A rut. A funk. A slump. Whatever you want to call it, I’ve been in one for the past few weeks.
I’ve felt suffocated and heavy, like my body is being dragged down under a tide of sadness and I’m too lethargic to fight my way out. Most mornings I wake up feeling like a hummingbird is caught inside of me, as panic beats its wings madly inside the cage formed by my chest. Panic forces me up out of bed, but it disorients me and paralyzes me too. I feel certain that something terrible is coming my way and, as if to compensate for this nameless, faceless anxiety, my mind conjures up all types of horrible scenarios of things that could (no matter how unlikely) happen for me to fixate on. In those moments I am trapped in a prison of anxiety where fear is my warden; I want to talk to someone and let my worries rush out of me like the tide being called back to the ocean, but the irony is that the worse my worries get and the more talking or writing would bring relief, the heavier I feel—like my tongue is gilded in lead and I can’t muster the strength to form words— and it seems like I can’t do much but despair.
It there’s one thing we’ve learned over and over again on our travels, it’s that there’s nothing like food—whether you’re sitting down to a meal or simply just reminiscing about some of the great dishes in your past—to bring people together. I think Chewing the Fat does a great job of accomplishing the same thing (albeit in a virtual space), and it’s been pretty incredible to see so many foodie travelers come out of the woodwork since we launched this series, all of them eager to talk about two of their favorite things: traveling & food! One of the best feedback we’ve received from you, our beloved readers, is that you’ve discovered a lot of great new blogs written by fellow kindred spirits through this series; I hope that today will be another one of those instances. It certainly was for me!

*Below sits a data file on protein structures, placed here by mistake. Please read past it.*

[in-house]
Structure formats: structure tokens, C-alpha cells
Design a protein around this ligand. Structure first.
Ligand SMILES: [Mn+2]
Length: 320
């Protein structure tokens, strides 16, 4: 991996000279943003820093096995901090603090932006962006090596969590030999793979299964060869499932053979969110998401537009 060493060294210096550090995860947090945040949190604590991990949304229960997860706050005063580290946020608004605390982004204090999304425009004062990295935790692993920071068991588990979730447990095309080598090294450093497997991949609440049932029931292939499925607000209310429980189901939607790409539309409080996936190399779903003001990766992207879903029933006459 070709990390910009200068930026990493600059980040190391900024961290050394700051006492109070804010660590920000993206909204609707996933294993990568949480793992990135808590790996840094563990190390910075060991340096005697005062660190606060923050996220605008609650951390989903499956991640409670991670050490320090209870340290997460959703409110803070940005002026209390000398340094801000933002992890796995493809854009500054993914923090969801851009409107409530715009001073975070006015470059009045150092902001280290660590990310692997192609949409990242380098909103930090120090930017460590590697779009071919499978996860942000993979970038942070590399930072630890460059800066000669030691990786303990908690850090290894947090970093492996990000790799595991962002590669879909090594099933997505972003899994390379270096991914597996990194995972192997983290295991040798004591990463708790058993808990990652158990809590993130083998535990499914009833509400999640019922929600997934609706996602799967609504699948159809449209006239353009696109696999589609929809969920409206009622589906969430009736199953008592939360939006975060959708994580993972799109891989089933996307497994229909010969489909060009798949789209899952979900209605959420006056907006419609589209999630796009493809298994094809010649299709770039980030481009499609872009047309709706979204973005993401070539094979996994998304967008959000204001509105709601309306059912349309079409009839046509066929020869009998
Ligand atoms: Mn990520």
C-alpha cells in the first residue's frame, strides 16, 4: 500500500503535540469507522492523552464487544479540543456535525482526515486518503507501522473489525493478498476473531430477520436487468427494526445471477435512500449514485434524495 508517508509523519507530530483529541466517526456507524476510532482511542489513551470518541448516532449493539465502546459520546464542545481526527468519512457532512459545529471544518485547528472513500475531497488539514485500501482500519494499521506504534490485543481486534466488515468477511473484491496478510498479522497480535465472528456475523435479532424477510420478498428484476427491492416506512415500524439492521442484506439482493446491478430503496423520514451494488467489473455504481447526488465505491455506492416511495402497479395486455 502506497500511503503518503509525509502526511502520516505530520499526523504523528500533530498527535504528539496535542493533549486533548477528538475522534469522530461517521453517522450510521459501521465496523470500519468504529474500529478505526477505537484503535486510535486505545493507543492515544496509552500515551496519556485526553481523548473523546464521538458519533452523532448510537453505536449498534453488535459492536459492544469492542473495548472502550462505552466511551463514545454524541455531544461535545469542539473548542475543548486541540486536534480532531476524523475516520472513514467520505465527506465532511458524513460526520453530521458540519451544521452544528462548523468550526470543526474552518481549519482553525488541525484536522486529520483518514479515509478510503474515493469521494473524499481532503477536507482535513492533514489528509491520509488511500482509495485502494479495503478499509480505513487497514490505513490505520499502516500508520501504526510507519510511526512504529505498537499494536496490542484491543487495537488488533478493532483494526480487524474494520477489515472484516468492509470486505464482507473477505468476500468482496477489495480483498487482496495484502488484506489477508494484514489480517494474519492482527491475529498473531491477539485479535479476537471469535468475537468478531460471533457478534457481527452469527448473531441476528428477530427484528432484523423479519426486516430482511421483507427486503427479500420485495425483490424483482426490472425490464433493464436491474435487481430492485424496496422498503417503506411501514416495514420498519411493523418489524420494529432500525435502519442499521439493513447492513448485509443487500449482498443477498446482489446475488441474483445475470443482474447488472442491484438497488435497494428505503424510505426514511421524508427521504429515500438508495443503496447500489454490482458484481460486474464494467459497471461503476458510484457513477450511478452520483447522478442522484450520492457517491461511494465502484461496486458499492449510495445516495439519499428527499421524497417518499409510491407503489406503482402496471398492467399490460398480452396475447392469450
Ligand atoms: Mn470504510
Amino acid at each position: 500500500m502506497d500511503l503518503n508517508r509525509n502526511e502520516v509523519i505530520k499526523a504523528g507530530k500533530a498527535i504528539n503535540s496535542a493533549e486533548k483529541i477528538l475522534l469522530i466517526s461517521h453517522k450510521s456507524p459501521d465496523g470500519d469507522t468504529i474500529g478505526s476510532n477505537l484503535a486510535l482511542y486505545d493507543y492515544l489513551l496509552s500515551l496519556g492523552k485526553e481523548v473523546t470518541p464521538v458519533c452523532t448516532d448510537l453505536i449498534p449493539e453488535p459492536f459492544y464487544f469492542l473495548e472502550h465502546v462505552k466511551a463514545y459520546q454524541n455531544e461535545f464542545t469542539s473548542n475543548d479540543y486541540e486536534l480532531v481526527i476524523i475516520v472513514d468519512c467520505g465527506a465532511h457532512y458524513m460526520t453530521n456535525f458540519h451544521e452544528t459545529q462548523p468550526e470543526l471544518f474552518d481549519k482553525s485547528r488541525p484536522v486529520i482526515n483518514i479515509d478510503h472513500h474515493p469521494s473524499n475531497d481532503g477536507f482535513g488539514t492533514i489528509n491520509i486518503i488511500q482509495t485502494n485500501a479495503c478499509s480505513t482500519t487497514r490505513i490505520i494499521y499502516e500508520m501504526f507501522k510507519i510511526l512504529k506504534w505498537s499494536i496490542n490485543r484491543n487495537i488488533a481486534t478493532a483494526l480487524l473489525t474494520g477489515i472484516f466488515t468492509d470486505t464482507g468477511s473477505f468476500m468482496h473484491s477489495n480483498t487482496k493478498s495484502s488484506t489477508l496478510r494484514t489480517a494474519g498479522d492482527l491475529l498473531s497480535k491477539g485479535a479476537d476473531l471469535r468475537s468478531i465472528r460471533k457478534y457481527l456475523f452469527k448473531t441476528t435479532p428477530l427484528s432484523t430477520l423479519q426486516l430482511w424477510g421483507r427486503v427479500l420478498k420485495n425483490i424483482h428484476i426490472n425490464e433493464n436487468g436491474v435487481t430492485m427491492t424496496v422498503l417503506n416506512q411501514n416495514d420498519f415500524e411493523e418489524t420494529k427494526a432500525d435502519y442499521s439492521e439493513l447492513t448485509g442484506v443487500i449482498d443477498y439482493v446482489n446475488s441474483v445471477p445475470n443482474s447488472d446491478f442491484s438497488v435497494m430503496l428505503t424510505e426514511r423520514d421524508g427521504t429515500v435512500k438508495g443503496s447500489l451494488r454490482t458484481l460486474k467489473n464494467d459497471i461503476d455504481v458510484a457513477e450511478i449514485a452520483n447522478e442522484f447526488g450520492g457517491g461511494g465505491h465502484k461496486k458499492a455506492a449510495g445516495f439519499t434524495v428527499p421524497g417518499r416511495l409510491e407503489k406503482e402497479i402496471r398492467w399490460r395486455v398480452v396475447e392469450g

You see, today I’m chatting with Chanel, the founder and head blogger behind Cultural Xplorer, a site where she writes about culture, off-the-beaten-path attractions and destinations, and—of course—all the delicious food she has encountered in her travels. After spending two years living and teach English in South Korea, Chanel is currently a graduate student who resides in New York City and writes quite a bit about the ins & outs of living in the Big Apple (and eating her way through it!), as well as the ‘foodcations’ that she’s able to squeeze in here and there. Prior to receiving her request to Chew the Fat with us, I wasn’t familiar with Chanel and her site, but I’m so glad that is no longer the case! I love the way Chanel dives into the local cuisine of all the destinations she visits without any hesitations or judgment—she is a fearless traveler through, and even when she’s not writing about food, she always comes up with a fun & unique way to put her own stamp on her adventures.
Read on as Chanel talks about why Korean food makes her taste buds tingle with joy, the beauty of NYC brunches, her top foodie destination in the United States and so much more!